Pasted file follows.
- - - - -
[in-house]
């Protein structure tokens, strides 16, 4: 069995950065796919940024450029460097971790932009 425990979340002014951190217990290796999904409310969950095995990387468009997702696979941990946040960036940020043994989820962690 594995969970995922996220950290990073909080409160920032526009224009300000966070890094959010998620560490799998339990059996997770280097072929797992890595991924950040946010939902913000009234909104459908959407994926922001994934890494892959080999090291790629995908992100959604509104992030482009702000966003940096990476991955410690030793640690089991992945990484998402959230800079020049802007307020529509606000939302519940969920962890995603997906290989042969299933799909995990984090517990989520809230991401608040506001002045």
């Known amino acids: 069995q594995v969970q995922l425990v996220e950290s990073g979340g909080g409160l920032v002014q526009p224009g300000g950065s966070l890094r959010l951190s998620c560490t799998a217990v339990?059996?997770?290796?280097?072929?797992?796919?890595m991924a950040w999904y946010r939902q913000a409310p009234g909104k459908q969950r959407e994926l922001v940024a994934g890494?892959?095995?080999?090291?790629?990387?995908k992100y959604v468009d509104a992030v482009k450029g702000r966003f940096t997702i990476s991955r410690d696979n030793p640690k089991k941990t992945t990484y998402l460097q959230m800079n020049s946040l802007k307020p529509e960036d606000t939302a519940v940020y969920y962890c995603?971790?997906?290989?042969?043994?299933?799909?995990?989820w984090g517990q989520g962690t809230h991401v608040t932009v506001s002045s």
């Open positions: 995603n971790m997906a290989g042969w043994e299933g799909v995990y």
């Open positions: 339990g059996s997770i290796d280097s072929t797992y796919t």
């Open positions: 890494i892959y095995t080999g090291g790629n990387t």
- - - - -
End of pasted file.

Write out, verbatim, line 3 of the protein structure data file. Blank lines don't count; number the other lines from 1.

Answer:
């Known amino acids: 069995q594995v969970q995922l425990v996220e950290s990073g979340g909080g409160l920032v002014q526009p224009g300000g950065s966070l890094r959010l951190s998620c560490t799998a217990v339990?059996?997770?290796?280097?072929?797992?796919?890595m991924a950040w999904y946010r939902q913000a409310p009234g909104k459908q969950r959407e994926l922001v940024a994934g890494?892959?095995?080999?090291?790629?990387?995908k992100y959604v468009d509104a992030v482009k450029g702000r966003f940096t997702i990476s991955r410690d696979n030793p640690k089991k941990t992945t990484y998402l460097q959230m800079n020049s946040l802007k307020p529509e960036d606000t939302a519940v940020y969920y962890c995603?971790?997906?290989?042969?043994?299933?799909?995990?989820w984090g517990q989520g962690t809230h991401v608040t932009v506001s002045s």